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The gemara in Menachos 34b learns the number of parshiyos in tefillin in various ways. One is

ר"ע אומר אינו צריך טט בכתפי שתים פת באפריקי שתים
Rabbi Akiva says: ... four compartments can be derived from "totafot" itself: "tot" in Katfi means two, "pat" in Afriki also means two [and therefore totafot can be understood as a compound word meaning four.]

I once heard Rav David Cohen shlit"a speak, and he noted that the whole gemara there likes to divide the parshiyos of tefillin into two groups - see for example the ברייתות there of which parshiyos are used, and the machlokes Rashi and Rabbeinu Tam on it, whether the second group of two is in order or switched. Also גר"ז או"ח סי' כ"ז: the reason that tefillin must be precisely centered on the head is so that these two batim should be on his left, and those two on his right.
Rav David said [the rest is my memory or reconstruction]: It makes sense. The first two parshiyos קדש and והיה כי יביאך are in Shemos Parshas Bo as Israel entered the desert, and have to do with Israel leaving Mitzrayim, discussed in those sections a lot. The last two שמע and והיה אם שמוע are way off in Devarim in Parshiyos Va'Eschanan and Eikev, just before Israel leaves the desert and enters Eretz Yisrael.
Therefore, the first two are represented by כתפי, Coptic, the language of Egypt. The last two are represented by אפריקי. [See the Yalkut at the end of Parshas Bo, that the Canaanites who fled before Israel were rewarded with another good land - אפריקי. And similarly Sanhedrin 91a.]

It was a wonderful idea. But I wanted to ask, Does anyone know of a reference that identifies כתפי with Coptic (consonants switched)?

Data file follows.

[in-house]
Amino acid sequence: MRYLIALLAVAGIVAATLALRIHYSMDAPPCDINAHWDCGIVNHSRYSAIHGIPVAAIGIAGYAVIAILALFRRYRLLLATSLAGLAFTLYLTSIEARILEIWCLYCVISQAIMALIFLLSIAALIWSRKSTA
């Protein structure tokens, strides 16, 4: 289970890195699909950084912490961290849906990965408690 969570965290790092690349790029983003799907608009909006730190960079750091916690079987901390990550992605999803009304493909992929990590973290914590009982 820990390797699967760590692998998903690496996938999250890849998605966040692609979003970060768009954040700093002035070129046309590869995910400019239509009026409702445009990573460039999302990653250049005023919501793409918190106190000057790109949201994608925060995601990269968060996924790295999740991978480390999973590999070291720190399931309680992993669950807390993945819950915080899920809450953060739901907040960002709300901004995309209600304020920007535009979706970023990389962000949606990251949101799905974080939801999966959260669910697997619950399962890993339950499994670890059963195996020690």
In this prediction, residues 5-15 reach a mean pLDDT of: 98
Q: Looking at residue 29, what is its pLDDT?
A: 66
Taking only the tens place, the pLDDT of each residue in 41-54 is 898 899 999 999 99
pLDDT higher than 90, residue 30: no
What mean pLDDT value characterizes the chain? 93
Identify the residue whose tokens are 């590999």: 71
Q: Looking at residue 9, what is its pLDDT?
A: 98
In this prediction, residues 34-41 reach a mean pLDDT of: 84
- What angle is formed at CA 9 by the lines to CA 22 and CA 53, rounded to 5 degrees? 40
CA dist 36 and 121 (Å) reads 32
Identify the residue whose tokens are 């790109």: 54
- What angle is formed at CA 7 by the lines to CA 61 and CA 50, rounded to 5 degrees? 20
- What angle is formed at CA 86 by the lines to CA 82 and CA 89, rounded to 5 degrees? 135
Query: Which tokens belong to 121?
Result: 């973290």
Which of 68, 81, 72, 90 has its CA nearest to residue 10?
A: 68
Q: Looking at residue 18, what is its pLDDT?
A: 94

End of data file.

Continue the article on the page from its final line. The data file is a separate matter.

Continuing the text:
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Jastrow does, with a question mark:

כַּתְּפִי m. (sub לשון) Coptic language (?). Snh. 4ᵇ; Zeb. 37ᵇ; Men. 34ᵇ (Ar. s. v. טט, some ed. גדפי, cmp. גִּיפְטִי).

No word resembling either טט or פת meaning "two" seems to exist in any dialect of Coptic (which is possible to search using this online dictionary).1 I think that the language that we refer to as Coptic is probably not the one Rabbi Akiva was referring to, even if we're using the same name to refer to it. The names "Coptic" and "African" can be connected with the provinces of Aegyptus and Africa respectively, so maybe "Coptic" refers to one of the other languages that were spoken in that province at that time.


1 ϫⲫⲟⲧ, glossed as "a part of body wherof there are two" at first seems promising, but looking at the source of the gloss, it turns out that the word is not a general term for "a part of body wherof there are two" but an uncertainty on the part of the lexicographer as to which part of body.

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According to the book "Lashon HaKodesh: History, Holiness, & Hebrew", by a fellow MY user, Coptic is referred to in the gemara as גיפטית. Rabbi Steinsaltz to Megillah 18a says the same.

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  • @reb-chaim-haqoton – robev Jan 28 at 19:45
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Moshe Mykoff, of the Breslov Research Inst., in his translation of Likkutei Moharan, translates it as such:

וְזֶה שֶׁגִּלּוּ חֲכָמֵינוּ זִכְרוֹנָם לִבְרָכָה, וּפָתְחוּ לָנוּ פֶּתַח, שֶׁהַמַּשְׂכִּיל יֵדַע וְיָבִין שֶׁבְּכָל הַדְּבָרִים גַּשְׁמִיִּים יֵשׁ אֱלֹקוּתוֹ וְחִיּוּתוֹ, כְּמוֹ שֶׁאָמְרוּ חֲכָמֵינוּ זִכְרוֹנָם לִבְרָכָה (מנחות לד:): טַט בְּכַתְפִי שְׁתַּיִם, פַּת בְּאַפְרִיקֵי שְׁתַּיִם; לְהוֹדִיעַ שֶׁבְּכָל לְשׁוֹנוֹת הָעַכּוּ"ם יֵשׁ שָׁם אֱלֹקוּתוֹ הַמְחַיָּה אוֹתָהּ.

This is as our Sages revealed, opening a way for us so that the discerning will know and understand that all corporeal things have His Godliness and His life-force in them. As our Sages said: Tat in Coptic means two, pat in Afriki means two (Menachot 34b), indicating that every one of the nations’ languages contains His Godliness, which is what gives it life.

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